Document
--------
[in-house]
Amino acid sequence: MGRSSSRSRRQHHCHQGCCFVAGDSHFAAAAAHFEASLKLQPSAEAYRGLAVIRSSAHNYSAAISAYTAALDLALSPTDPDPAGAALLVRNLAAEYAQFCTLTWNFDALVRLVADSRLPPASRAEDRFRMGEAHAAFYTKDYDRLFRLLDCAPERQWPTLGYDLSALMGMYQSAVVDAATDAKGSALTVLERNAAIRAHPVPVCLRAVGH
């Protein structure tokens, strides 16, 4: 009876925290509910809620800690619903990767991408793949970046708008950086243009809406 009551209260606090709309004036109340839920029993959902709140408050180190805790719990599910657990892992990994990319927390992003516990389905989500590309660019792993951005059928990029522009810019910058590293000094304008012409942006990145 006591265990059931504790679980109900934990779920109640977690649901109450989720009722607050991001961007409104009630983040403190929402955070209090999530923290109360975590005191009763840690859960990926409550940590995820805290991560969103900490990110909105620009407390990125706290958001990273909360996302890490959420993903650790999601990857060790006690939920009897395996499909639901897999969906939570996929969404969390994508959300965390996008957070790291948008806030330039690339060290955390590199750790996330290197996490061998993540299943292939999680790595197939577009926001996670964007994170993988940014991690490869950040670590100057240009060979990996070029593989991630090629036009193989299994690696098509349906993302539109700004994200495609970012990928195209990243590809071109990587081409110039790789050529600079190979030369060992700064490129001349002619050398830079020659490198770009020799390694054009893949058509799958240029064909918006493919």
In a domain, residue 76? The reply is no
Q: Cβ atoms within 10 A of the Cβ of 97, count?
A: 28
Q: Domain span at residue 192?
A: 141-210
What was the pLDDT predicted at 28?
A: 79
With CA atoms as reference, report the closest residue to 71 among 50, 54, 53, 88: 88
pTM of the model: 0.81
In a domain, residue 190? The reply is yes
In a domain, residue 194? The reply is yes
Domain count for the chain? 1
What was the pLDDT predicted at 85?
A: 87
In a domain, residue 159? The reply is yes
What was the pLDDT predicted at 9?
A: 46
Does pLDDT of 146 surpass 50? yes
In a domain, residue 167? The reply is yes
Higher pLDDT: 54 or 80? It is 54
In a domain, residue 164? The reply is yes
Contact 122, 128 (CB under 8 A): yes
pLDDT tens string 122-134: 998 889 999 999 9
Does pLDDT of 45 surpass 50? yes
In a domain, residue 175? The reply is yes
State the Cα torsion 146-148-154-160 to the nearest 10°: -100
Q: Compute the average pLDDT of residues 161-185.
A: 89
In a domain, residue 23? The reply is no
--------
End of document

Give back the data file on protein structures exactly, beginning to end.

[in-house]
Amino acid sequence: MGRSSSRSRRQHHCHQGCCFVAGDSHFAAAAAHFEASLKLQPSAEAYRGLAVIRSSAHNYSAAISAYTAALDLALSPTDPDPAGAALLVRNLAAEYAQFCTLTWNFDALVRLVADSRLPPASRAEDRFRMGEAHAAFYTKDYDRLFRLLDCAPERQWPTLGYDLSALMGMYQSAVVDAATDAKGSALTVLERNAAIRAHPVPVCLRAVGH
């Protein structure tokens, strides 16, 4: 009876925290509910809620800690619903990767991408793949970046708008950086243009809406 009551209260606090709309004036109340839920029993959902709140408050180190805790719990599910657990892992990994990319927390992003516990389905989500590309660019792993951005059928990029522009810019910058590293000094304008012409942006990145 006591265990059931504790679980109900934990779920109640977690649901109450989720009722607050991001961007409104009630983040403190929402955070209090999530923290109360975590005191009763840690859960990926409550940590995820805290991560969103900490990110909105620009407390990125706290958001990273909360996302890490959420993903650790999601990857060790006690939920009897395996499909639901897999969906939570996929969404969390994508959300965390996008957070790291948008806030330039690339060290955390590199750790996330290197996490061998993540299943292939999680790595197939577009926001996670964007994170993988940014991690490869950040670590100057240009060979990996070029593989991630090629036009193989299994690696098509349906993302539109700004994200495609970012990928195209990243590809071109990587081409110039790789050529600079190979030369060992700064490129001349002619050398830079020659490198770009020799390694054009893949058509799958240029064909918006493919």
In a domain, residue 76? The reply is no
Q: Cβ atoms within 10 A of the Cβ of 97, count?
A: 28
Q: Domain span at residue 192?
A: 141-210
What was the pLDDT predicted at 28?
A: 79
With CA atoms as reference, report the closest residue to 71 among 50, 54, 53, 88: 88
pTM of the model: 0.81
In a domain, residue 190? The reply is yes
In a domain, residue 194? The reply is yes
Domain count for the chain? 1
What was the pLDDT predicted at 85?
A: 87
In a domain, residue 159? The reply is yes
What was the pLDDT predicted at 9?
A: 46
Does pLDDT of 146 surpass 50? yes
In a domain, residue 167? The reply is yes
Higher pLDDT: 54 or 80? It is 54
In a domain, residue 164? The reply is yes
Contact 122, 128 (CB under 8 A): yes
pLDDT tens string 122-134: 998 889 999 999 9
Does pLDDT of 45 surpass 50? yes
In a domain, residue 175? The reply is yes
State the Cα torsion 146-148-154-160 to the nearest 10°: -100
Q: Compute the average pLDDT of residues 161-185.
A: 89
In a domain, residue 23? The reply is no